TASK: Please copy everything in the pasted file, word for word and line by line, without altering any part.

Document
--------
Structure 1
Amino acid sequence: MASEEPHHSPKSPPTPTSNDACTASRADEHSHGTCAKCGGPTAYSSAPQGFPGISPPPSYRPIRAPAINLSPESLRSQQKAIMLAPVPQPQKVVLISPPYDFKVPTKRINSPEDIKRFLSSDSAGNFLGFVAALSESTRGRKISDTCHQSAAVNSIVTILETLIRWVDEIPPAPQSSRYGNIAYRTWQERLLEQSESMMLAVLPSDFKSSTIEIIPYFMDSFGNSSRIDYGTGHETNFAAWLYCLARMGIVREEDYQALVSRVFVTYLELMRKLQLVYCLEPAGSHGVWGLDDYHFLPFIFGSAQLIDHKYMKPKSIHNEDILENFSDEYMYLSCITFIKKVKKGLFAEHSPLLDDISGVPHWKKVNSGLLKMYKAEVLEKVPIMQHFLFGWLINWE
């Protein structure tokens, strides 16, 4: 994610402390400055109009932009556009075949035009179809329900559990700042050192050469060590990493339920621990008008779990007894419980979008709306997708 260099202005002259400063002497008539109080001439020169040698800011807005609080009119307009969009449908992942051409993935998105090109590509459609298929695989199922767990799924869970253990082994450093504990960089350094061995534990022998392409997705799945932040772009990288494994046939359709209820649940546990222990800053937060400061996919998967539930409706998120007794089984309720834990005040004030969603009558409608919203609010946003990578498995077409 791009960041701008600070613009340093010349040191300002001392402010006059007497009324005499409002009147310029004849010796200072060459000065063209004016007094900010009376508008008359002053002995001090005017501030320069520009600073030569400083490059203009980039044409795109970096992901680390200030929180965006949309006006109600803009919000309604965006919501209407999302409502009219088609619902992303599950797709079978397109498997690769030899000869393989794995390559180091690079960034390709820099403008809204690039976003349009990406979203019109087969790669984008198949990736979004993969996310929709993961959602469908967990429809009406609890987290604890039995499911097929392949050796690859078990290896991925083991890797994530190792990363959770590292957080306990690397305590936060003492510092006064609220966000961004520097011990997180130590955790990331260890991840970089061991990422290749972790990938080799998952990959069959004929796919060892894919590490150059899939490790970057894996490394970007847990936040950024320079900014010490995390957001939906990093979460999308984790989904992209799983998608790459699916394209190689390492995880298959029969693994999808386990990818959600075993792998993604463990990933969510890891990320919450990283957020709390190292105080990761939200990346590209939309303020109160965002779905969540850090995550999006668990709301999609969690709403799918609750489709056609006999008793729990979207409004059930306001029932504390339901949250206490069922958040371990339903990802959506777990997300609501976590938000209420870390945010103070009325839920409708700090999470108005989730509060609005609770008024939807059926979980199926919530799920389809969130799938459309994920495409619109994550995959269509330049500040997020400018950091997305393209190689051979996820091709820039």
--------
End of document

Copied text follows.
Structure 1
Amino acid sequence: MASEEPHHSPKSPPTPTSNDACTASRADEHSHGTCAKCGGPTAYSSAPQGFPGISPPPSYRPIRAPAINLSPESLRSQQKAIMLAPVPQPQKVVLISPPYDFKVPTKRINSPEDIKRFLSSDSAGNFLGFVAALSESTRGRKISDTCHQSAAVNSIVTILETLIRWVDEIPPAPQSSRYGNIAYRTWQERLLEQSESMMLAVLPSDFKSSTIEIIPYFMDSFGNSSRIDYGTGHETNFAAWLYCLARMGIVREEDYQALVSRVFVTYLELMRKLQLVYCLEPAGSHGVWGLDDYHFLPFIFGSAQLIDHKYMKPKSIHNEDILENFSDEYMYLSCITFIKKVKKGLFAEHSPLLDDISGVPHWKKVNSGLLKMYKAEVLEKVPIMQHFLFGWLINWE
């Protein structure tokens, strides 16, 4: 994610402390400055109009932009556009075949035009179809329900559990700042050192050469060590990493339920621990008008779990007894419980979008709306997708 260099202005002259400063002497008539109080001439020169040698800011807005609080009119307009969009449908992942051409993935998105090109590509459609298929695989199922767990799924869970253990082994450093504990960089350094061995534990022998392409997705799945932040772009990288494994046939359709209820649940546990222990800053937060400061996919998967539930409706998120007794089984309720834990005040004030969603009558409608919203609010946003990578498995077409 791009960041701008600070613009340093010349040191300002001392402010006059007497009324005499409002009147310029004849010796200072060459000065063209004016007094900010009376508008008359002053002995001090005017501030320069520009600073030569400083490059203009980039044409795109970096992901680390200030929180965006949309006006109600803009919000309604965006919501209407999302409502009219088609619902992303599950797709079978397109498997690769030899000869393989794995390559180091690079960034390709820099403008809204690039976003349009990406979203019109087969790669984008198949990736979004993969996310929709993961959602469908967990429809009406609890987290604890039995499911097929392949050796690859078990290896991925083991890797994530190792990363959770590292957080306990690397305590936060003492510092006064609220966000961004520097011990997180130590955790990331260890991840970089061991990422290749972790990938080799998952990959069959004929796919060892894919590490150059899939490790970057894996490394970007847990936040950024320079900014010490995390957001939906990093979460999308984790989904992209799983998608790459699916394209190689390492995880298959029969693994999808386990990818959600075993792998993604463990990933969510890891990320919450990283957020709390190292105080990761939200990346590209939309303020109160965002779905969540850090995550999006668990709301999609969690709403799918609750489709056609006999008793729990979207409004059930306001029932504390339901949250206490069922958040371990339903990802959506777990997300609501976590938000209420870390945010103070009325839920409708700090999470108005989730509060609005609770008024939807059926979980199926919530799920389809969130799938459309994920495409619109994550995959269509330049500040997020400018950091997305393209190689051979996820091709820039």